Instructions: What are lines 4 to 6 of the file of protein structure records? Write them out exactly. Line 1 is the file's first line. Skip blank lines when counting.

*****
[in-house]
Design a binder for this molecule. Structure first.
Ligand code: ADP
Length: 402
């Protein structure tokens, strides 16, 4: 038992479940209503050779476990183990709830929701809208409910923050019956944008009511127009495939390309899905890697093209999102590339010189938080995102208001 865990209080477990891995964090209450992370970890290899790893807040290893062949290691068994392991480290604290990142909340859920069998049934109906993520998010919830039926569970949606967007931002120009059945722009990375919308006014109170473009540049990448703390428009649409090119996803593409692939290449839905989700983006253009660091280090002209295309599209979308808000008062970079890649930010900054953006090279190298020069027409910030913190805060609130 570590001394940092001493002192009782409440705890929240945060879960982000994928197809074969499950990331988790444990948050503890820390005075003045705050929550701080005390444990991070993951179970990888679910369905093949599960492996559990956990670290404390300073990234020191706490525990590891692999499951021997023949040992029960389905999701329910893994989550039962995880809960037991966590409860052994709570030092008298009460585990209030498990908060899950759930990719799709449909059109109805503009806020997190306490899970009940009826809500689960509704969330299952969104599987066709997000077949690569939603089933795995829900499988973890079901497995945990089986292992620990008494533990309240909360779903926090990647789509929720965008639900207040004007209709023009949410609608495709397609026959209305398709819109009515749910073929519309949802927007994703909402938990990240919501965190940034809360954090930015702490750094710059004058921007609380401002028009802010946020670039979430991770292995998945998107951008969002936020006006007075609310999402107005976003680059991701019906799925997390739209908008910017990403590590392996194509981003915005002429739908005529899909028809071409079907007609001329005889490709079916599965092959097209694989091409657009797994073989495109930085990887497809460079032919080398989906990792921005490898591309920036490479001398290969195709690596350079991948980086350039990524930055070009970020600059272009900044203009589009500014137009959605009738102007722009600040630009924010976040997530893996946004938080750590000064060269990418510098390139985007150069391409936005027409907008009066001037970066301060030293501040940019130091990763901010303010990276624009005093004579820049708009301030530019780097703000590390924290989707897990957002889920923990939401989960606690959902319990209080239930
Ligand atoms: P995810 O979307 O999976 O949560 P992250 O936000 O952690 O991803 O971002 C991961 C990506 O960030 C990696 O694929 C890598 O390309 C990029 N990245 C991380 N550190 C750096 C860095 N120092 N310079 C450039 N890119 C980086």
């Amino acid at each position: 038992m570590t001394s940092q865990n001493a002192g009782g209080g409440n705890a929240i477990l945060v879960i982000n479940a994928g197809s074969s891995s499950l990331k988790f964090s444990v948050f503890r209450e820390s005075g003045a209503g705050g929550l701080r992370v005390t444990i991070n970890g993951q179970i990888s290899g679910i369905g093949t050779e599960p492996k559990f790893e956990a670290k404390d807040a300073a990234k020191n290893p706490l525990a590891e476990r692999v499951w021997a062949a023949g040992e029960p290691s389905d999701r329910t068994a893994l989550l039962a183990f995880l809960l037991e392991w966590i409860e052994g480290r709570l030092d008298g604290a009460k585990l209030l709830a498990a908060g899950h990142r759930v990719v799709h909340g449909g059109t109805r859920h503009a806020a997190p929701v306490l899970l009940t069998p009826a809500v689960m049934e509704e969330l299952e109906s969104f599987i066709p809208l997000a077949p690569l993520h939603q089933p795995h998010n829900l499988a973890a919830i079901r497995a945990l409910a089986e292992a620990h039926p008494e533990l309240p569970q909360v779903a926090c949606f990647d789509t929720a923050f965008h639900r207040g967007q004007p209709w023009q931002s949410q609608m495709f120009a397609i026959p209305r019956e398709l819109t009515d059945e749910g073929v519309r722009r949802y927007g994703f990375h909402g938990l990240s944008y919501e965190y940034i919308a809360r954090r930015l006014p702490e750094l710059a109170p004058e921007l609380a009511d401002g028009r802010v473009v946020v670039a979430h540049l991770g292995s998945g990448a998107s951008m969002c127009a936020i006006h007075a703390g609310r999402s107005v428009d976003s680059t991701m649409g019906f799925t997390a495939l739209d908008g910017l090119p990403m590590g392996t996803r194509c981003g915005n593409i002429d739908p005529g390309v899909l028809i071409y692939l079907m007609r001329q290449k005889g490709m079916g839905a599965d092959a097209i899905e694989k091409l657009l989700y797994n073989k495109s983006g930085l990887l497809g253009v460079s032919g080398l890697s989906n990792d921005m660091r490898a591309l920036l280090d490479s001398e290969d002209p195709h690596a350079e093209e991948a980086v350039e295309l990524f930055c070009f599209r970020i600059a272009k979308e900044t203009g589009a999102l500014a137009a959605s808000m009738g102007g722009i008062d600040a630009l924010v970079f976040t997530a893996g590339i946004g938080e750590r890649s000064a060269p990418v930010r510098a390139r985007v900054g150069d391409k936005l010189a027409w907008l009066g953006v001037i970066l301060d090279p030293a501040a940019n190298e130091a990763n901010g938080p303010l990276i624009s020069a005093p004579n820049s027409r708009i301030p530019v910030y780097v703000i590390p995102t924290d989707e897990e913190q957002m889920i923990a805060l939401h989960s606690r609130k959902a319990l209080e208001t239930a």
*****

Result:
Length: 402
């Protein structure tokens, strides 16, 4: 038992479940209503050779476990183990709830929701809208409910923050019956944008009511127009495939390309899905890697093209999102590339010189938080995102208001 865990209080477990891995964090209450992370970890290899790893807040290893062949290691068994392991480290604290990142909340859920069998049934109906993520998010919830039926569970949606967007931002120009059945722009990375919308006014109170473009540049990448703390428009649409090119996803593409692939290449839905989700983006253009660091280090002209295309599209979308808000008062970079890649930010900054953006090279190298020069027409910030913190805060609130 570590001394940092001493002192009782409440705890929240945060879960982000994928197809074969499950990331988790444990948050503890820390005075003045705050929550701080005390444990991070993951179970990888679910369905093949599960492996559990956990670290404390300073990234020191706490525990590891692999499951021997023949040992029960389905999701329910893994989550039962995880809960037991966590409860052994709570030092008298009460585990209030498990908060899950759930990719799709449909059109109805503009806020997190306490899970009940009826809500689960509704969330299952969104599987066709997000077949690569939603089933795995829900499988973890079901497995945990089986292992620990008494533990309240909360779903926090990647789509929720965008639900207040004007209709023009949410609608495709397609026959209305398709819109009515749910073929519309949802927007994703909402938990990240919501965190940034809360954090930015702490750094710059004058921007609380401002028009802010946020670039979430991770292995998945998107951008969002936020006006007075609310999402107005976003680059991701019906799925997390739209908008910017990403590590392996194509981003915005002429739908005529899909028809071409079907007609001329005889490709079916599965092959097209694989091409657009797994073989495109930085990887497809460079032919080398989906990792921005490898591309920036490479001398290969195709690596350079991948980086350039990524930055070009970020600059272009900044203009589009500014137009959605009738102007722009600040630009924010976040997530893996946004938080750590000064060269990418510098390139985007150069391409936005027409907008009066001037970066301060030293501040940019130091990763901010303010990276624009005093004579820049708009301030530019780097703000590390924290989707897990957002889920923990939401989960606690959902319990209080239930
Ligand atoms: P995810 O979307 O999976 O949560 P992250 O936000 O952690 O991803 O971002 C991961 C990506 O960030 C990696 O694929 C890598 O390309 C990029 N990245 C991380 N550190 C750096 C860095 N120092 N310079 C450039 N890119 C980086």